Celtis australis, commonly known as the European nettle tree, Mediterranean hackberry, lote tree, or honeyberry, is a deciduous tree that can grow 20 or 25 meters in height.
Leaves: Simple, alternate, and sharp-toothed are rough on top, and furry underneath, 5 to 15 cm long and dark grey/green throughout the year fading to a pale yellow before falling in autumn.
Flowers: The flowers are hermaphrodite (have both male and female organs) small and green without petals, either singly or in small clusters. Not effective ornamentally.
Fruit: Small, dark-purple berry-like drupes, 1 cm wide hang in short clusters and are extremely popular with birds and other wildlife.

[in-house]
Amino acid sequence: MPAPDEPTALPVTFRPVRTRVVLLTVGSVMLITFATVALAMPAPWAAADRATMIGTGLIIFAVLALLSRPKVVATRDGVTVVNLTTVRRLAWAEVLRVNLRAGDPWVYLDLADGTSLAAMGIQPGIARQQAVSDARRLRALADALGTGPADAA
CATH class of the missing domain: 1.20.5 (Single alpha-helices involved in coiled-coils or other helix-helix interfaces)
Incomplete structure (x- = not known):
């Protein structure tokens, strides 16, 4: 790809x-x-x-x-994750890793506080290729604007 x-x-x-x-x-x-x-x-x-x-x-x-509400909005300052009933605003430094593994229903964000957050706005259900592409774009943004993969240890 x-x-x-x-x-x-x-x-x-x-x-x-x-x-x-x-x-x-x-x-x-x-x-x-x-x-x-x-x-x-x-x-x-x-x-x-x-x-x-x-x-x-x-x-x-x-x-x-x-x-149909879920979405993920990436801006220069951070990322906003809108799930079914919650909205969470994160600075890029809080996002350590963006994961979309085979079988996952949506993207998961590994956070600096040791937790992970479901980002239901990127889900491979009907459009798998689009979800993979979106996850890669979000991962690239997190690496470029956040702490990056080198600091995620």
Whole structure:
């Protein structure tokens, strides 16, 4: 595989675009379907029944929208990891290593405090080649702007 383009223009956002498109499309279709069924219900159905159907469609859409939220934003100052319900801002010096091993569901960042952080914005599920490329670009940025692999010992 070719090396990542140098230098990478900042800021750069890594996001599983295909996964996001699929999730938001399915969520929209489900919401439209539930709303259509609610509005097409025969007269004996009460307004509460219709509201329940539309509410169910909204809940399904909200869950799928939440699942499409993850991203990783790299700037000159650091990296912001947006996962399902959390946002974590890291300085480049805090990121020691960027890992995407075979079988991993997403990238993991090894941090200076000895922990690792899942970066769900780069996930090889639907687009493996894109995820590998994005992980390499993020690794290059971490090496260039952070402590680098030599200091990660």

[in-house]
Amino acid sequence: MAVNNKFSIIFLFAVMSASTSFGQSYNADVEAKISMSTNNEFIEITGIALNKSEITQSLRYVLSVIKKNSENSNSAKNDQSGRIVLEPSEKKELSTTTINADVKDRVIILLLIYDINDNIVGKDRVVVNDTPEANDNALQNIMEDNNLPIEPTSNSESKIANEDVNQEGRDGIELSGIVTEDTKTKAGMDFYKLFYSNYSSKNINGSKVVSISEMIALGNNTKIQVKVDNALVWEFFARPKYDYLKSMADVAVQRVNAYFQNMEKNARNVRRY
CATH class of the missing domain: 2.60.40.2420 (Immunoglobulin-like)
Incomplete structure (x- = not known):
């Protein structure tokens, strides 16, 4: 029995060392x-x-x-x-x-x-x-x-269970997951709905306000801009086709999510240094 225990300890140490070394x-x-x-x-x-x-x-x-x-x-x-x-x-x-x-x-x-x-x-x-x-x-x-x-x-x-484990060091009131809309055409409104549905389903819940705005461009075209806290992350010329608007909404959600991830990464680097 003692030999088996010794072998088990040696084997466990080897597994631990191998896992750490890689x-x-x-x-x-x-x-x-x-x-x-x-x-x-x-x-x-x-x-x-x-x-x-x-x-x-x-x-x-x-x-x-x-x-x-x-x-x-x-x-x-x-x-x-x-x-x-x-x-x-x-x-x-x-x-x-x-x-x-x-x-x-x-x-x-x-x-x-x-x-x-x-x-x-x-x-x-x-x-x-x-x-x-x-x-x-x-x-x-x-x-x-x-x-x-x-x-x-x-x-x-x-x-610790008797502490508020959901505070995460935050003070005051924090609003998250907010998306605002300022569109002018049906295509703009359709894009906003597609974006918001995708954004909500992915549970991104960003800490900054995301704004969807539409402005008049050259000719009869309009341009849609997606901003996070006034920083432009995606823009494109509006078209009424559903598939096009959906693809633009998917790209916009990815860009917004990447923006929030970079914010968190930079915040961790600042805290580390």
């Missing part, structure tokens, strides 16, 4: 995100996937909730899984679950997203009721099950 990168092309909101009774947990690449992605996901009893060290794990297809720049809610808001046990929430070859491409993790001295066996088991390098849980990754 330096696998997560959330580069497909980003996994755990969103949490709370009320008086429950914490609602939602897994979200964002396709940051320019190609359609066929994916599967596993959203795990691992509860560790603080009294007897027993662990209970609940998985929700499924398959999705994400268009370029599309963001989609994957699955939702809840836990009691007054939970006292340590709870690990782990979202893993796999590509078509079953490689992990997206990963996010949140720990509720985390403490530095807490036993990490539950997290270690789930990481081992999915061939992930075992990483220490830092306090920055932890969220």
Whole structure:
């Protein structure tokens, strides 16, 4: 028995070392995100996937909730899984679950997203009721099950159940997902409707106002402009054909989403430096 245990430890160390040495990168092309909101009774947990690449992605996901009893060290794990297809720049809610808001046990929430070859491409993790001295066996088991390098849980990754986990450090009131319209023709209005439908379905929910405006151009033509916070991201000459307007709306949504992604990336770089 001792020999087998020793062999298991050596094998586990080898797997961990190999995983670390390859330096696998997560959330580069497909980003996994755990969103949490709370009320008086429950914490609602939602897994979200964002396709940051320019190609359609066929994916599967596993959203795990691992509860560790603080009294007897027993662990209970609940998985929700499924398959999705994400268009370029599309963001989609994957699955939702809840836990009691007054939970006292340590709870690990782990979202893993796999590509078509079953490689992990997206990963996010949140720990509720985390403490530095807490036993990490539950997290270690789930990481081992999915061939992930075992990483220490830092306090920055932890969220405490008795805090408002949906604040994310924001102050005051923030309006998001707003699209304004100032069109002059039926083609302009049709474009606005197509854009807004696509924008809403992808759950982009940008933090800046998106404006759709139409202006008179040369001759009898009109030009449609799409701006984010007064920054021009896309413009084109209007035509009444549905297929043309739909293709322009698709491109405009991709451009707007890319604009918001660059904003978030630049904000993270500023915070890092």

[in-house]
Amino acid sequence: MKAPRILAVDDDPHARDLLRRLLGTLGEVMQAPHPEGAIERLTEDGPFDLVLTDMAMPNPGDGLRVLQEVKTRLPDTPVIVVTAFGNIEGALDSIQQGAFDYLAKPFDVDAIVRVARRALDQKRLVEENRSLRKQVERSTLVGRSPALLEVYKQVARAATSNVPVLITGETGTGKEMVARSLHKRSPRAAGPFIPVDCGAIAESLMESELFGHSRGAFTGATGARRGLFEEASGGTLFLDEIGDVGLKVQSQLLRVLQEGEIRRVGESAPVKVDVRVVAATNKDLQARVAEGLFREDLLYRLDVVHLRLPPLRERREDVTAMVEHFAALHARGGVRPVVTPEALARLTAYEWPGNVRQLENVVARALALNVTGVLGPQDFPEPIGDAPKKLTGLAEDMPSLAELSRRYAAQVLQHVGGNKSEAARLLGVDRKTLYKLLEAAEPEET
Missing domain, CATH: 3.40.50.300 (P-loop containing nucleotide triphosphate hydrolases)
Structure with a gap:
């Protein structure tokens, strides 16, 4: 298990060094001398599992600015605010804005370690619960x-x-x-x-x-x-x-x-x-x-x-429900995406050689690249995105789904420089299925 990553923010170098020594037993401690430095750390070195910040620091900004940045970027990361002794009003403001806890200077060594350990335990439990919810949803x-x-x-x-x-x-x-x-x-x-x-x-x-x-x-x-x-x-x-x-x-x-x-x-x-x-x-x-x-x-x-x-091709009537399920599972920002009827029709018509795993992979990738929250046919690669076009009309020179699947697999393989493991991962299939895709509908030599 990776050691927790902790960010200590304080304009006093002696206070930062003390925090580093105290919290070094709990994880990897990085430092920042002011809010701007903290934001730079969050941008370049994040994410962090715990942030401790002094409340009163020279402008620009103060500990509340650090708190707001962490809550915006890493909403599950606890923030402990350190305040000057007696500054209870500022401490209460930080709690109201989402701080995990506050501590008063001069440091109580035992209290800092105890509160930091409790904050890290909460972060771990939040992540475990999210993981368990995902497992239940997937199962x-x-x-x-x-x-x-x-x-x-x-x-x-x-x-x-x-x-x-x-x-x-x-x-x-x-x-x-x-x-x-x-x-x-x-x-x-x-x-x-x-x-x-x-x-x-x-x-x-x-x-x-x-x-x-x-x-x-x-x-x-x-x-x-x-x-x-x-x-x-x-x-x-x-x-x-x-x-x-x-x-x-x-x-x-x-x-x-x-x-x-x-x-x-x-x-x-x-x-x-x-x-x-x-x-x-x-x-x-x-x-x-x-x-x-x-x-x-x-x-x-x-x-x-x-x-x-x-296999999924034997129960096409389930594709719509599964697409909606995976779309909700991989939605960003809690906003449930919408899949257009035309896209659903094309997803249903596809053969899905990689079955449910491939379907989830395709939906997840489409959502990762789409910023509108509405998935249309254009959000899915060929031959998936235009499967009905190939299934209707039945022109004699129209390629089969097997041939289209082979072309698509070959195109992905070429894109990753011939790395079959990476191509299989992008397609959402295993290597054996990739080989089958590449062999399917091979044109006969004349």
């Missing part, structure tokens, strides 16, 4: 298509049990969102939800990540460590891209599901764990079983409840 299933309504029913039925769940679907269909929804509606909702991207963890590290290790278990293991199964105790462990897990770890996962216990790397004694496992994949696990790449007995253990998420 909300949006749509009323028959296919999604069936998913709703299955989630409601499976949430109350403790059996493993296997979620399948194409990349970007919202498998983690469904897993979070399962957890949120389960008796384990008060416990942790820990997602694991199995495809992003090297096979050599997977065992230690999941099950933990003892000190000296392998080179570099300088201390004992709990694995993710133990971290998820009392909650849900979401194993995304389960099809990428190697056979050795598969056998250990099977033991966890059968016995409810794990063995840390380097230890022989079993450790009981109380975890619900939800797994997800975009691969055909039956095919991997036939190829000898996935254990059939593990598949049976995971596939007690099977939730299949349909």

Bark: Smooth, gray bark develops picturesque corky warts and ridges as it matures.
The plant prefers light (sandy) and medium (loamy) soils, requires well-drained soil and can grow in nutritionally poor soil. It cannot grow in the shade. It requires dry or moist soil and can tolerate drought. The Mediterranean climate is especially suitable for the plant.
In India, in the Urdu/Hindi language it is called "khark". This tree is also widely found in the Middle-East. In the north of Iran this tree has a sacred aspect.